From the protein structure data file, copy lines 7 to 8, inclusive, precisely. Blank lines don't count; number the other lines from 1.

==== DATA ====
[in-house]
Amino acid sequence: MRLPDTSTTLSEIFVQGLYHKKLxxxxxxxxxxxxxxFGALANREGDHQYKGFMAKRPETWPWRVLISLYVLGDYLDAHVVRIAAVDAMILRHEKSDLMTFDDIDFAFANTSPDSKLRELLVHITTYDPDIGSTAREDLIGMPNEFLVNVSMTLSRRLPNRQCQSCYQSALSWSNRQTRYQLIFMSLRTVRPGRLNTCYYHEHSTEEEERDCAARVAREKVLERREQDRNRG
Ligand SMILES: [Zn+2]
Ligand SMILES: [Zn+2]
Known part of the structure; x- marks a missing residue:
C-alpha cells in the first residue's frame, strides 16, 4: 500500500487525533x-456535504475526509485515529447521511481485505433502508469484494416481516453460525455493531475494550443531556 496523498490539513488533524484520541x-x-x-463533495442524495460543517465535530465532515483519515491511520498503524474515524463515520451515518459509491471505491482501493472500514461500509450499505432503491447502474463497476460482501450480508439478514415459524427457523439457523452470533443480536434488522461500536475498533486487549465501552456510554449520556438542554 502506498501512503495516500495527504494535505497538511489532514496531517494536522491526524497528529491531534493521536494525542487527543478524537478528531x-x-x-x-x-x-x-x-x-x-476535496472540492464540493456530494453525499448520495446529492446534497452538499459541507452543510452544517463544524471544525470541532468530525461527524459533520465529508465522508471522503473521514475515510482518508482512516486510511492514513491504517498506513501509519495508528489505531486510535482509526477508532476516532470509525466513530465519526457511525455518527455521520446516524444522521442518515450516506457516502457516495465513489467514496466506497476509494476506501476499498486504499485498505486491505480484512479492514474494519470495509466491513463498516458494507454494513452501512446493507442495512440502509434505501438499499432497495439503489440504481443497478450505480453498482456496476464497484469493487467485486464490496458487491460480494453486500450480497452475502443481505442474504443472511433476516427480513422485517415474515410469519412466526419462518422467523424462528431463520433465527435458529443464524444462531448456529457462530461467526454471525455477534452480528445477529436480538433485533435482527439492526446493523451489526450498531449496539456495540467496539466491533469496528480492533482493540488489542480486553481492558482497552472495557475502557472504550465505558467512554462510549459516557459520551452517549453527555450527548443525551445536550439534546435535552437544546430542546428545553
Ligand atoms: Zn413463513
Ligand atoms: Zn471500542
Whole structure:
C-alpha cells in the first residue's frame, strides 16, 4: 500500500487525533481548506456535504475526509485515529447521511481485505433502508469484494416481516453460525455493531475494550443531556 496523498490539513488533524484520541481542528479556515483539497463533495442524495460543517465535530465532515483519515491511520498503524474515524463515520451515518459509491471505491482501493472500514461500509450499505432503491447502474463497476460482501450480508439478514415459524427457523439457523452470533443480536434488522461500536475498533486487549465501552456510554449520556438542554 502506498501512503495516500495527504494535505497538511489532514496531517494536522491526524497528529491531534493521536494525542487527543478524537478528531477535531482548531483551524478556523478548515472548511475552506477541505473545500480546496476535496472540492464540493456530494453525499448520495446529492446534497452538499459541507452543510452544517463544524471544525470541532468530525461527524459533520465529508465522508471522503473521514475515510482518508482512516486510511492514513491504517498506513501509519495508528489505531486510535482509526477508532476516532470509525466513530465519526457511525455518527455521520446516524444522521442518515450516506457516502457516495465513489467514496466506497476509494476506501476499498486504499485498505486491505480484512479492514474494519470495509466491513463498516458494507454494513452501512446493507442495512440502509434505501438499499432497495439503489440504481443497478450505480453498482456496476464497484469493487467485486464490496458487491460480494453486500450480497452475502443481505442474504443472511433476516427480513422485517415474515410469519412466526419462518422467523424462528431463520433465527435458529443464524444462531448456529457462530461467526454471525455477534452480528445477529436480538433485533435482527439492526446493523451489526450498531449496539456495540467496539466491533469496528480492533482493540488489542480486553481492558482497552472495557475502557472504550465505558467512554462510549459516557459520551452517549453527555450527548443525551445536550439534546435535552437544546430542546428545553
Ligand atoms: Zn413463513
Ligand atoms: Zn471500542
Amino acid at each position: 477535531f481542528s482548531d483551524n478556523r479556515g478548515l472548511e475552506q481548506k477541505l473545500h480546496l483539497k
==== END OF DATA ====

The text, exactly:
Ligand atoms: Zn413463513
Ligand atoms: Zn471500542